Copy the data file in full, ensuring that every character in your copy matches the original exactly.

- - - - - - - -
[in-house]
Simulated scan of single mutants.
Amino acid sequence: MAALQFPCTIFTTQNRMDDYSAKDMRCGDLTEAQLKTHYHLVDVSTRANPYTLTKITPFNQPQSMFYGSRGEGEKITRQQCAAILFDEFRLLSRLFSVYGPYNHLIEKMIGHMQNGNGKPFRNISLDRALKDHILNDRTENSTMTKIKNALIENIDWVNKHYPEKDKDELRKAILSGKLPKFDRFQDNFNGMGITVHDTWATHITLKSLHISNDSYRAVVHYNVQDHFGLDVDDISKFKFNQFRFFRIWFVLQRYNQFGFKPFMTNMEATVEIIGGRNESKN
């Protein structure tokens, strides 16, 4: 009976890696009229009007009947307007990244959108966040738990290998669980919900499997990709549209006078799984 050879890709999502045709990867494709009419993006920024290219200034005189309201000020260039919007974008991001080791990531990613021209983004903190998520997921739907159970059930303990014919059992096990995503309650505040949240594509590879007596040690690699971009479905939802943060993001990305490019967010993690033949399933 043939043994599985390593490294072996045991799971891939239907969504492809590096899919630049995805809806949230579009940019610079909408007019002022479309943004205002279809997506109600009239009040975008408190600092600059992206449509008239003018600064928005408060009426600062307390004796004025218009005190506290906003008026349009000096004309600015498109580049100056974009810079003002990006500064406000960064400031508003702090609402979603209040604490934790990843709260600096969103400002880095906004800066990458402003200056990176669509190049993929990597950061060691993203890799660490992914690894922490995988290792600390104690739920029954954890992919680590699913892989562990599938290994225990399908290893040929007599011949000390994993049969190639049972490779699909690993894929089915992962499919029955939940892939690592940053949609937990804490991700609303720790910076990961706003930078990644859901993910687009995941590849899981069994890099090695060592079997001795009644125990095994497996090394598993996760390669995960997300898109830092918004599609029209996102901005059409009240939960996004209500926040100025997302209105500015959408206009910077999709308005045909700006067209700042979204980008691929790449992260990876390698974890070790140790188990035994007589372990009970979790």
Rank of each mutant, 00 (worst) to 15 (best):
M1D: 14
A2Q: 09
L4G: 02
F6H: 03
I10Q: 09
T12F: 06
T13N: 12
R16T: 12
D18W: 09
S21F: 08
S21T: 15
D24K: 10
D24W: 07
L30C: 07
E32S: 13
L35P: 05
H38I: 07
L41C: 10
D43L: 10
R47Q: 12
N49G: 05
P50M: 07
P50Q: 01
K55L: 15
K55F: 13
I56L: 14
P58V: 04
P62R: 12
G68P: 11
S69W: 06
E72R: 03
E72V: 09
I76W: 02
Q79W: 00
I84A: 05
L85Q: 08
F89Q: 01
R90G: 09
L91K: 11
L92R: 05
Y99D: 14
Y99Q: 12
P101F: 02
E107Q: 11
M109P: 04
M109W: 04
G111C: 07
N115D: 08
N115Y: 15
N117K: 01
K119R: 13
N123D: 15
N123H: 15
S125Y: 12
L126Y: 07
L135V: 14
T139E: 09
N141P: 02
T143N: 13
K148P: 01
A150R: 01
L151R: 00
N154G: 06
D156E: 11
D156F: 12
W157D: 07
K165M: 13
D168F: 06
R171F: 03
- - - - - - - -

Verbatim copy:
[in-house]
Simulated scan of single mutants.
Amino acid sequence: MAALQFPCTIFTTQNRMDDYSAKDMRCGDLTEAQLKTHYHLVDVSTRANPYTLTKITPFNQPQSMFYGSRGEGEKITRQQCAAILFDEFRLLSRLFSVYGPYNHLIEKMIGHMQNGNGKPFRNISLDRALKDHILNDRTENSTMTKIKNALIENIDWVNKHYPEKDKDELRKAILSGKLPKFDRFQDNFNGMGITVHDTWATHITLKSLHISNDSYRAVVHYNVQDHFGLDVDDISKFKFNQFRFFRIWFVLQRYNQFGFKPFMTNMEATVEIIGGRNESKN
């Protein structure tokens, strides 16, 4: 009976890696009229009007009947307007990244959108966040738990290998669980919900499997990709549209006078799984 050879890709999502045709990867494709009419993006920024290219200034005189309201000020260039919007974008991001080791990531990613021209983004903190998520997921739907159970059930303990014919059992096990995503309650505040949240594509590879007596040690690699971009479905939802943060993001990305490019967010993690033949399933 043939043994599985390593490294072996045991799971891939239907969504492809590096899919630049995805809806949230579009940019610079909408007019002022479309943004205002279809997506109600009239009040975008408190600092600059992206449509008239003018600064928005408060009426600062307390004796004025218009005190506290906003008026349009000096004309600015498109580049100056974009810079003002990006500064406000960064400031508003702090609402979603209040604490934790990843709260600096969103400002880095906004800066990458402003200056990176669509190049993929990597950061060691993203890799660490992914690894922490995988290792600390104690739920029954954890992919680590699913892989562990599938290994225990399908290893040929007599011949000390994993049969190639049972490779699909690993894929089915992962499919029955939940892939690592940053949609937990804490991700609303720790910076990961706003930078990644859901993910687009995941590849899981069994890099090695060592079997001795009644125990095994497996090394598993996760390669995960997300898109830092918004599609029209996102901005059409009240939960996004209500926040100025997302209105500015959408206009910077999709308005045909700006067209700042979204980008691929790449992260990876390698974890070790140790188990035994007589372990009970979790």
Rank of each mutant, 00 (worst) to 15 (best):
M1D: 14
A2Q: 09
L4G: 02
F6H: 03
I10Q: 09
T12F: 06
T13N: 12
R16T: 12
D18W: 09
S21F: 08
S21T: 15
D24K: 10
D24W: 07
L30C: 07
E32S: 13
L35P: 05
H38I: 07
L41C: 10
D43L: 10
R47Q: 12
N49G: 05
P50M: 07
P50Q: 01
K55L: 15
K55F: 13
I56L: 14
P58V: 04
P62R: 12
G68P: 11
S69W: 06
E72R: 03
E72V: 09
I76W: 02
Q79W: 00
I84A: 05
L85Q: 08
F89Q: 01
R90G: 09
L91K: 11
L92R: 05
Y99D: 14
Y99Q: 12
P101F: 02
E107Q: 11
M109P: 04
M109W: 04
G111C: 07
N115D: 08
N115Y: 15
N117K: 01
K119R: 13
N123D: 15
N123H: 15
S125Y: 12
L126Y: 07
L135V: 14
T139E: 09
N141P: 02
T143N: 13
K148P: 01
A150R: 01
L151R: 00
N154G: 06
D156E: 11
D156F: 12
W157D: 07
K165M: 13
D168F: 06
R171F: 03